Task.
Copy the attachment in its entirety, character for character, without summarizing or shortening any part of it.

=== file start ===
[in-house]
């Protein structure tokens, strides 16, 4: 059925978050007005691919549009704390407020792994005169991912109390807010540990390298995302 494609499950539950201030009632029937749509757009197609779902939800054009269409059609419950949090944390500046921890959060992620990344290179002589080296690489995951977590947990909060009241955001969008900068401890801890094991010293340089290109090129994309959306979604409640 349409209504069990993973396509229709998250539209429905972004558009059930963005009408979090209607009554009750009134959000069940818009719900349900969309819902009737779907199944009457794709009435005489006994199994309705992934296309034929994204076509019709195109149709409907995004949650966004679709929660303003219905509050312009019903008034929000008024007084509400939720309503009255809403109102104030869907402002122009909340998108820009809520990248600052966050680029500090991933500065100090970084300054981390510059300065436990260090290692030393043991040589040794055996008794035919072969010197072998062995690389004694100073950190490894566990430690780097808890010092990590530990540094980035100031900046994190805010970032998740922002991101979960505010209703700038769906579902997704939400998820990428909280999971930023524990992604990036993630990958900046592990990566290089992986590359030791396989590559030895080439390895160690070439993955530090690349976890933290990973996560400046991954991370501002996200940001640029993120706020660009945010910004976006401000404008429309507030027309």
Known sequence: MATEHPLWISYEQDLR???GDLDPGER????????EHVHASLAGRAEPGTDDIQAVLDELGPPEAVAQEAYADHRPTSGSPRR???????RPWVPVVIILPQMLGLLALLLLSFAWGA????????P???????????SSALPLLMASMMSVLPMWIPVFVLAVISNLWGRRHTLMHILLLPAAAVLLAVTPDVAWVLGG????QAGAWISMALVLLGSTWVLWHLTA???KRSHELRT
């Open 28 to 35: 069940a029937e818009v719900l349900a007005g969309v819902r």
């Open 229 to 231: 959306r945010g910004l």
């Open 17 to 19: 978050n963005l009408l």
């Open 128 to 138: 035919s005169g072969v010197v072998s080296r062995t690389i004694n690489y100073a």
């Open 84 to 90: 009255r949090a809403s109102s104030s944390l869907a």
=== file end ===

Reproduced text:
[in-house]
């Protein structure tokens, strides 16, 4: 059925978050007005691919549009704390407020792994005169991912109390807010540990390298995302 494609499950539950201030009632029937749509757009197609779902939800054009269409059609419950949090944390500046921890959060992620990344290179002589080296690489995951977590947990909060009241955001969008900068401890801890094991010293340089290109090129994309959306979604409640 349409209504069990993973396509229709998250539209429905972004558009059930963005009408979090209607009554009750009134959000069940818009719900349900969309819902009737779907199944009457794709009435005489006994199994309705992934296309034929994204076509019709195109149709409907995004949650966004679709929660303003219905509050312009019903008034929000008024007084509400939720309503009255809403109102104030869907402002122009909340998108820009809520990248600052966050680029500090991933500065100090970084300054981390510059300065436990260090290692030393043991040589040794055996008794035919072969010197072998062995690389004694100073950190490894566990430690780097808890010092990590530990540094980035100031900046994190805010970032998740922002991101979960505010209703700038769906579902997704939400998820990428909280999971930023524990992604990036993630990958900046592990990566290089992986590359030791396989590559030895080439390895160690070439993955530090690349976890933290990973996560400046991954991370501002996200940001640029993120706020660009945010910004976006401000404008429309507030027309």
Known sequence: MATEHPLWISYEQDLR???GDLDPGER????????EHVHASLAGRAEPGTDDIQAVLDELGPPEAVAQEAYADHRPTSGSPRR???????RPWVPVVIILPQMLGLLALLLLSFAWGA????????P???????????SSALPLLMASMMSVLPMWIPVFVLAVISNLWGRRHTLMHILLLPAAAVLLAVTPDVAWVLGG????QAGAWISMALVLLGSTWVLWHLTA???KRSHELRT
């Open 28 to 35: 069940a029937e818009v719900l349900a007005g969309v819902r």
């Open 229 to 231: 959306r945010g910004l």
């Open 17 to 19: 978050n963005l009408l």
């Open 128 to 138: 035919s005169g072969v010197v072998s080296r062995t690389i004694n690489y100073a």
């Open 84 to 90: 009255r949090a809403s109102s104030s944390l869907a």